Of course, the centrepiece of Piazza Dante, both metaphorically and literally, is the fountain.

[Edit: Added March 2012] The fountain must have fallen into disrepair after its installation in the '60s. When the RMOC's Transportation Committee considered making the intersection more pedestrian friendly in 1995, "The [Italian] Village Neighbourhood & Recreation Association" wrote a letter to the Committee's then-chair, Richard Cantin, in which the fountain was referenced, saying it was "to be reactivated this Summer."

Since I'd only given it close attention in the off season, I was disappointed to learn this past June that the flowing water didn't make the fountain look any cleaner or livelier.

The fountain carries a plaque dedicating the plaza in three languages to the Italian contributions to Canada's first century.

The fountain isn't the only attraction, though. On the south wall is an undated statue which looks to be more recent.

It was built by the Ottawa chapter of the National Alpine Association in memory of all fallen soldiers of all wars.

Rounding out the tour, the West edge of the piazza is unadorned but for benches, and is screened by a brick wall.

There are a few trees on the far side of the wall, and gated gaps between the walls help to open up the the space while restricting access to the street side.


In May of 2009, the Italian community won approval to overhaul the piazza, and following approval from Ottawa City Hall two years later, work has finally begun.

All of the central elements have been removed, but the perimeter walls and the trees are being retained.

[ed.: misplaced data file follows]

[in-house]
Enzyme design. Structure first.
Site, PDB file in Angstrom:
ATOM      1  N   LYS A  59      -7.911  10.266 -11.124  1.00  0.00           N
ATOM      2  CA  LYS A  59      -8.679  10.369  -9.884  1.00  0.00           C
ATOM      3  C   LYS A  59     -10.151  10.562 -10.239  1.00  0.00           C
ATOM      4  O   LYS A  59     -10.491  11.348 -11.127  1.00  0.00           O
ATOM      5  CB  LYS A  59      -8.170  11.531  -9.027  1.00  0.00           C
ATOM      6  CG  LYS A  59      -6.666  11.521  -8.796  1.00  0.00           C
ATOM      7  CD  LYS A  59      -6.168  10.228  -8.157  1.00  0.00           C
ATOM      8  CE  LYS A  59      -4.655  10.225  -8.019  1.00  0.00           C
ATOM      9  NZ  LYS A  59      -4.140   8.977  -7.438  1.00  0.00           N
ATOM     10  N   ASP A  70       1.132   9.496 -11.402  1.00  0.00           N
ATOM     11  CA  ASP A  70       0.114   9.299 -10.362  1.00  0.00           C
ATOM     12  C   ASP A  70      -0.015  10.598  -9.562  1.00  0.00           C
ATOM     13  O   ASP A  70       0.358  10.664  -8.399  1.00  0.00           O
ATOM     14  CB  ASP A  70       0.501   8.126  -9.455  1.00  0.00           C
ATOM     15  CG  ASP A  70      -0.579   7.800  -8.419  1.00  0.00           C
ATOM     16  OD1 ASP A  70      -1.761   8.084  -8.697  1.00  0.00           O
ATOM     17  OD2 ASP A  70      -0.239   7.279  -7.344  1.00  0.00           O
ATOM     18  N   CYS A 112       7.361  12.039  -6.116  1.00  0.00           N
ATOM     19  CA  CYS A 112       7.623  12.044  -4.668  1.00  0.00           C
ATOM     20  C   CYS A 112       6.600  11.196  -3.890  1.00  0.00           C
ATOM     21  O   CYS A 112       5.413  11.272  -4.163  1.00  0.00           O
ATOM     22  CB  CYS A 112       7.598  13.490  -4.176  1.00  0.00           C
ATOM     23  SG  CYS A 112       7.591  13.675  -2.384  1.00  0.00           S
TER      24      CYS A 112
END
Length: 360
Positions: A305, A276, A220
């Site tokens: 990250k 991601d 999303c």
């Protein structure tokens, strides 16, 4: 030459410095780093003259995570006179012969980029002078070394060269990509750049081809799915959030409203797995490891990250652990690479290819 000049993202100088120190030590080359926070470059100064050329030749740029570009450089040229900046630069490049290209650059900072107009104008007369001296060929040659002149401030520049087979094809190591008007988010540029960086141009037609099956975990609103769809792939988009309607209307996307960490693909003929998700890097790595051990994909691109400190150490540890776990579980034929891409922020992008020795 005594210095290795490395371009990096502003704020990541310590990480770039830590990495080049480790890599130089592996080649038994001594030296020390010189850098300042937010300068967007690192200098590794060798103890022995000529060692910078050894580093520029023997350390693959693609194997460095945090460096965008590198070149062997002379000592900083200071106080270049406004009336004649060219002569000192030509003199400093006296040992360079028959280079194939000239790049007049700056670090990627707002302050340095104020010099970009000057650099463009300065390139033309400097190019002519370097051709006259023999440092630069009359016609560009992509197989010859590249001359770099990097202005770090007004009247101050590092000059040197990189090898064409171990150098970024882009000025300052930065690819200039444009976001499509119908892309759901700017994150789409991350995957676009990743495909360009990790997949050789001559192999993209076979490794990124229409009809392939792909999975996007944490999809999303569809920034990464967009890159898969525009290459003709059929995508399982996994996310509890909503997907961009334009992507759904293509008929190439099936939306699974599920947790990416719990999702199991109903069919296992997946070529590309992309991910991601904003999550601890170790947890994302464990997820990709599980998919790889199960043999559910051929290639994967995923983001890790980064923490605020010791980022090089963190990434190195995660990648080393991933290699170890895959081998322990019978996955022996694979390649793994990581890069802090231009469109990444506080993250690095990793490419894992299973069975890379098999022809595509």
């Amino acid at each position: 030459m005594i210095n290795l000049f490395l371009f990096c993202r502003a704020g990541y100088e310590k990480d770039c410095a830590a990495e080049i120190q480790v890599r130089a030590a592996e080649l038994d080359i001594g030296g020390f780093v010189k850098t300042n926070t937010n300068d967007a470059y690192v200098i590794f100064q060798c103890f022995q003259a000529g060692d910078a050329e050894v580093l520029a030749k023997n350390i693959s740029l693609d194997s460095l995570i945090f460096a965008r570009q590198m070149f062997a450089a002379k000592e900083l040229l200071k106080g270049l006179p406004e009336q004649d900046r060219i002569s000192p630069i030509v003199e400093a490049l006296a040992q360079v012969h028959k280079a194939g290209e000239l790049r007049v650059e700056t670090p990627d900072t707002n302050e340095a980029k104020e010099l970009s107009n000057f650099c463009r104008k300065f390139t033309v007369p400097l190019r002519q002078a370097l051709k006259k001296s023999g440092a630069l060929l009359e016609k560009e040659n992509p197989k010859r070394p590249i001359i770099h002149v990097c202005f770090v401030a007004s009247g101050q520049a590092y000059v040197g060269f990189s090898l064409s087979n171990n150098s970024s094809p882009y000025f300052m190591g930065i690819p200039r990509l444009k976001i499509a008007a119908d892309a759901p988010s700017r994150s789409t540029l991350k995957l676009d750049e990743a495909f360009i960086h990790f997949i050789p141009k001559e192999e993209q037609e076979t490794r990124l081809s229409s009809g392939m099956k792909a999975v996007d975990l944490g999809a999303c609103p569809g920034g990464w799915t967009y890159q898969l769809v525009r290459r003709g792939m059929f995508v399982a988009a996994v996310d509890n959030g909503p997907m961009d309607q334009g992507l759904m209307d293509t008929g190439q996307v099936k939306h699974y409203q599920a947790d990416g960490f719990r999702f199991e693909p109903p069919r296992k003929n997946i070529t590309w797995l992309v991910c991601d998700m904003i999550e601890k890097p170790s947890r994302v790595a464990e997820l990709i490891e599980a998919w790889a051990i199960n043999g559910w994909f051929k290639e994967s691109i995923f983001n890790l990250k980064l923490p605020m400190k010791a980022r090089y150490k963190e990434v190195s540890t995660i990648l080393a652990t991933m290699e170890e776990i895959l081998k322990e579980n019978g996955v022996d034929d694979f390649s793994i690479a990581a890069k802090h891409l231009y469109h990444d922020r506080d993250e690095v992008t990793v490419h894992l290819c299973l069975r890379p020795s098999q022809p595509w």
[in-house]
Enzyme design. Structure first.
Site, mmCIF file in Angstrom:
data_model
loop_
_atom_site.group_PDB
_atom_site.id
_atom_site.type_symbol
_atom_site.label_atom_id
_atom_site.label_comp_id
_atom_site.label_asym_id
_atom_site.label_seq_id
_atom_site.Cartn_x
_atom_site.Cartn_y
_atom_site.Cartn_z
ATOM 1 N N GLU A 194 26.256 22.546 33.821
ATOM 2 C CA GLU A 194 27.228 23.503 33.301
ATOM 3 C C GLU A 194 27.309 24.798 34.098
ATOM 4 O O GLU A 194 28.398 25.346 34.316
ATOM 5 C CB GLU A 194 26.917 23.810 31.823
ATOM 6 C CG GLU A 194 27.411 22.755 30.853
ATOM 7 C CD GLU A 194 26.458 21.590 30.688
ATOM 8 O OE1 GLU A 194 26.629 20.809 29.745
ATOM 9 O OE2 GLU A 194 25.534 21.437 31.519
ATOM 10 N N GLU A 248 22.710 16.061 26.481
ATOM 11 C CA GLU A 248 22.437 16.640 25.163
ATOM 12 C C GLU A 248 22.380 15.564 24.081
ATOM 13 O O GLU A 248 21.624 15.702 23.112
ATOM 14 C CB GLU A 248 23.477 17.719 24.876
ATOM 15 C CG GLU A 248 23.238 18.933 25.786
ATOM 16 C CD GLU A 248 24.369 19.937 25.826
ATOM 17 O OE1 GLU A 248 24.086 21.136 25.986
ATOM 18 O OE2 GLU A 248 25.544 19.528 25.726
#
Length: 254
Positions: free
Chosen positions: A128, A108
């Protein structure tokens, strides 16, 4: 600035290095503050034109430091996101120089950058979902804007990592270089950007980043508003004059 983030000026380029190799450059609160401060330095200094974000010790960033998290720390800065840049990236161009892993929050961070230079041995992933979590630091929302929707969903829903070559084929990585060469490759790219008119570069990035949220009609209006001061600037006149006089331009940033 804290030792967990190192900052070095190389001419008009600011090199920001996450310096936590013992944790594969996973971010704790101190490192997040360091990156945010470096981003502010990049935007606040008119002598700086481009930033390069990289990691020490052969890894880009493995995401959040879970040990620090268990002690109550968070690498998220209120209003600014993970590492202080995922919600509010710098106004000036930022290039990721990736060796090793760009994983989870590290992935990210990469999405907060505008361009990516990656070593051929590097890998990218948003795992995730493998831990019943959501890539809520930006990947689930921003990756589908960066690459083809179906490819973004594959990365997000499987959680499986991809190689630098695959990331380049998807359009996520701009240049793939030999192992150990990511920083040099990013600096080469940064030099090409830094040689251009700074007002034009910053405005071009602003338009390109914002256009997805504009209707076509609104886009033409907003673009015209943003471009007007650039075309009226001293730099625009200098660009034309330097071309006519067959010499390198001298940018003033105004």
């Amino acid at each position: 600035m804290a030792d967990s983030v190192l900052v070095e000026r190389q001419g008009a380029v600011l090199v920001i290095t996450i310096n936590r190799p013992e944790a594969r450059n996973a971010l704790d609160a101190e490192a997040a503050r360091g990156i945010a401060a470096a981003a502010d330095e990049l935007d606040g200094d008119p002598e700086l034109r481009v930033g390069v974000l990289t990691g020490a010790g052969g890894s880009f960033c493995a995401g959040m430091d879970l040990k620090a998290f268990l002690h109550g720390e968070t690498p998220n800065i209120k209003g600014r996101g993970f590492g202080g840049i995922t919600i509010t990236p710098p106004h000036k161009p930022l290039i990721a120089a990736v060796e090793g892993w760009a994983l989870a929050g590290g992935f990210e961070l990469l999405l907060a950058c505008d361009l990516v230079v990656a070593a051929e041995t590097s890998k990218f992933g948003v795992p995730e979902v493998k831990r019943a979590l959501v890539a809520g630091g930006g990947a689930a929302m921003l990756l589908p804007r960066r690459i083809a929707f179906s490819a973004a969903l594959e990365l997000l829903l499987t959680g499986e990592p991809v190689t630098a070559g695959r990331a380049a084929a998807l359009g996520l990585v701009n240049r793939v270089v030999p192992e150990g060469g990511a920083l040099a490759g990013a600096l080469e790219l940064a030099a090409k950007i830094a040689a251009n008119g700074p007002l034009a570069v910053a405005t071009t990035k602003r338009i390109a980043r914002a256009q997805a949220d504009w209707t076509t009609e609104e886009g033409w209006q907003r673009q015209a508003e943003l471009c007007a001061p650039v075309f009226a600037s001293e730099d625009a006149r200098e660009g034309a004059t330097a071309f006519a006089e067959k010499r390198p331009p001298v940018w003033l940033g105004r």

The fountain was removed in late July 2011, but the memorial statue was wrapped and left in place.

You can see some of the feeding pipes for the fountain in the concrete base at its edge. These will be retained for the splash pad that will replace it. An orange square spray-painted in the dirt at the Gladstone entrance outlines the space where the bust of Dante will be featured. Currently, the statue of the Piazza's namesake isn't even in the Piazza, but in front of the church.

Here's the full schematic of how it will all come together. As mentioned above, a splash pad will replace the fountain at the centre of the piazza, in the middle of a decorative paving feature to highlight it. This will allow the entire space to be used for events once the water is turned off. According to the summary of comments, some wanted to retain the original fountain and move it off to the side as a sculpture. That isn't shown on this plan, suggesting this idea won't be carried out. Other additions include completing the perimeter with a decorative fence, lighting, and more seating. (Additional renderings are available on this Il Postino article).

There will also be new permanent tables installed at the park with game boards designed into the tops. Such tables are already in use at Dundonald Park, and the CCCA's Trees & Greenspace Committee is looking to get some installed in Minto Park.

Given that the Dalhousie neighbourhood has the lowest amount of parkspace per capita in the city, hopefully this refresh will make Piazza Dante more attractive and useful to the residents and workers in the area.